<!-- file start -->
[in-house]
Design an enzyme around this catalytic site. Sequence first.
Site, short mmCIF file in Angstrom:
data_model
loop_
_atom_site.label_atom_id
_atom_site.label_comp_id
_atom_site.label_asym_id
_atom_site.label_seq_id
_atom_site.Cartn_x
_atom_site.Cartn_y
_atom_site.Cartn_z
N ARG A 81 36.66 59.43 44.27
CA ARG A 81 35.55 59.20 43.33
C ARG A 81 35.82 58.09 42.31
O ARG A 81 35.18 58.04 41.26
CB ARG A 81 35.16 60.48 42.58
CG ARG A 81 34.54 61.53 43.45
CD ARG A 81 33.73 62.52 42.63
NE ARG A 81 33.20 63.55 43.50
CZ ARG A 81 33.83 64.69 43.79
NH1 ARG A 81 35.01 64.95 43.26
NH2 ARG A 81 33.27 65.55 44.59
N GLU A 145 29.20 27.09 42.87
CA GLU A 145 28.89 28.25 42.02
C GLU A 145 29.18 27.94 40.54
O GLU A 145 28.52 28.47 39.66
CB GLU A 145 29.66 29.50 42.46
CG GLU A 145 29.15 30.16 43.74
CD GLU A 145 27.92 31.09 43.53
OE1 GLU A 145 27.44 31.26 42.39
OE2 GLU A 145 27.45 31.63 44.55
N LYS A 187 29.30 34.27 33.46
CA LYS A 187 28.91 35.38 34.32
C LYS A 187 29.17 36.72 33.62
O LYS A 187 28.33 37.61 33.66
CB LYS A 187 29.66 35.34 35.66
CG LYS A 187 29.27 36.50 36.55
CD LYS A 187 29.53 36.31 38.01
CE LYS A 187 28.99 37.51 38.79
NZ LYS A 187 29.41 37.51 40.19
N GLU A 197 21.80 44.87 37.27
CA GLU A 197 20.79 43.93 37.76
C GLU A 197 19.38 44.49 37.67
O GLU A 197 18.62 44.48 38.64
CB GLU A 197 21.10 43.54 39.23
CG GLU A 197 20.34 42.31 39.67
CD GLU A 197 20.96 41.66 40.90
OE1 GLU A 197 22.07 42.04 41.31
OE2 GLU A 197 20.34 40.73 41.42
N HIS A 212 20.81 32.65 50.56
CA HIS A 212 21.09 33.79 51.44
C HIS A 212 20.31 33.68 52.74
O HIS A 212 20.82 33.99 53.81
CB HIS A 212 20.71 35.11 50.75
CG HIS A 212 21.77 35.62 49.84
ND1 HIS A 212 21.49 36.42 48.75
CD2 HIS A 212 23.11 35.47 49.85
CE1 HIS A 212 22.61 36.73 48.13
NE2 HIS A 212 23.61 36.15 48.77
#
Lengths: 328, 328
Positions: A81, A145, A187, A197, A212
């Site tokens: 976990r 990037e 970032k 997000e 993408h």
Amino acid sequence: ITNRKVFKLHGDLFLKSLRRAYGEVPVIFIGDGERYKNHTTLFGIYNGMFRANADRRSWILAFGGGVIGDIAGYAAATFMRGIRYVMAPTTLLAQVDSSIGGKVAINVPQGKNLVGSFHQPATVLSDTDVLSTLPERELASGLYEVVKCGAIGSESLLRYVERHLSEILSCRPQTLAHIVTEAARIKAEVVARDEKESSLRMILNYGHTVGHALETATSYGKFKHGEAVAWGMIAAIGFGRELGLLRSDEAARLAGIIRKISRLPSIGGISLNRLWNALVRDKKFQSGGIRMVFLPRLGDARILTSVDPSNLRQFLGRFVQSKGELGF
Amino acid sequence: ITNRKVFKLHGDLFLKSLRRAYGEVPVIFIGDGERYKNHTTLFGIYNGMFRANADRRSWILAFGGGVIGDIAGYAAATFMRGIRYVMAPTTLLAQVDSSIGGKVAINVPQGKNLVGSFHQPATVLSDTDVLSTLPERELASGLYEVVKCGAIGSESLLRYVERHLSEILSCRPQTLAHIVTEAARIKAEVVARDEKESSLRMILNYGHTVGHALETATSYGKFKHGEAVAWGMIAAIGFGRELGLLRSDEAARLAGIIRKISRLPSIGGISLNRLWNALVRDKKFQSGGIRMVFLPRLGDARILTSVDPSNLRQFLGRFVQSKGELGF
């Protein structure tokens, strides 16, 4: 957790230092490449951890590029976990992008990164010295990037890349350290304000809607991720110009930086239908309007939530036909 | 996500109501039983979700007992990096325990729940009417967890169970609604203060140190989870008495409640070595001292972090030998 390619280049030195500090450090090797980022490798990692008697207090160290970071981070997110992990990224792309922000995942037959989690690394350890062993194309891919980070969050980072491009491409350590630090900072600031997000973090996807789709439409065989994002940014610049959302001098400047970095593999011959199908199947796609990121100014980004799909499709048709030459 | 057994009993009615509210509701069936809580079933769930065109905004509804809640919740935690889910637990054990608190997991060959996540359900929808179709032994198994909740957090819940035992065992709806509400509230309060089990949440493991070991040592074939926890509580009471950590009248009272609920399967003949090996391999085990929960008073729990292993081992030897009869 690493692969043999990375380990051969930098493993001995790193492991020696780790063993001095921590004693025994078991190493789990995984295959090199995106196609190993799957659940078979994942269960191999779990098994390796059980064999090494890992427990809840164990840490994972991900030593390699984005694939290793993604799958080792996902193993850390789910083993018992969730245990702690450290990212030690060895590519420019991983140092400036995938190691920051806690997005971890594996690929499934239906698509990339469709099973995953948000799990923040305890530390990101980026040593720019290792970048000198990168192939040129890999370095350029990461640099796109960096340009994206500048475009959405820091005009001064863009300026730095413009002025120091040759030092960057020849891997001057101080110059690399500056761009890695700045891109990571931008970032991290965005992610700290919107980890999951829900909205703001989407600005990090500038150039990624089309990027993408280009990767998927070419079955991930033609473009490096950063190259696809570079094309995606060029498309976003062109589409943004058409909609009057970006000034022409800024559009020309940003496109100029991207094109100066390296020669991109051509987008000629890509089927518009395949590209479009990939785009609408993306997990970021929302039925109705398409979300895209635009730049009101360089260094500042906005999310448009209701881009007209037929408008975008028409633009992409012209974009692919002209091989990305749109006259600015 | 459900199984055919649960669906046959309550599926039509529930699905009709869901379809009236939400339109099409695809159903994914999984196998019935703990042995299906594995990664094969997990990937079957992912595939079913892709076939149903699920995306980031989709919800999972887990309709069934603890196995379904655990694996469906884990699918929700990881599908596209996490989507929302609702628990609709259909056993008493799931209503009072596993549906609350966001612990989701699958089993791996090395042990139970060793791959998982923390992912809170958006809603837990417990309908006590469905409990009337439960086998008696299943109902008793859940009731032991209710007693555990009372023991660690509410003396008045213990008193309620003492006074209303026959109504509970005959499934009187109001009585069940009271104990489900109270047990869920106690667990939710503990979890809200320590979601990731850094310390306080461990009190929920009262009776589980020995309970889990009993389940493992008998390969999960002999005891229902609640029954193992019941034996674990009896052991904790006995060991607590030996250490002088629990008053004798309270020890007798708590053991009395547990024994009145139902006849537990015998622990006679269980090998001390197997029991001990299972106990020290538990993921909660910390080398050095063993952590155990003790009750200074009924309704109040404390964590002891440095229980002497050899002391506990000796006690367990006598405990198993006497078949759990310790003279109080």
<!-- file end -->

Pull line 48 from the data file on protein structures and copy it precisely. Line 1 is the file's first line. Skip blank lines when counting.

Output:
CD GLU A 197 20.96 41.66 40.90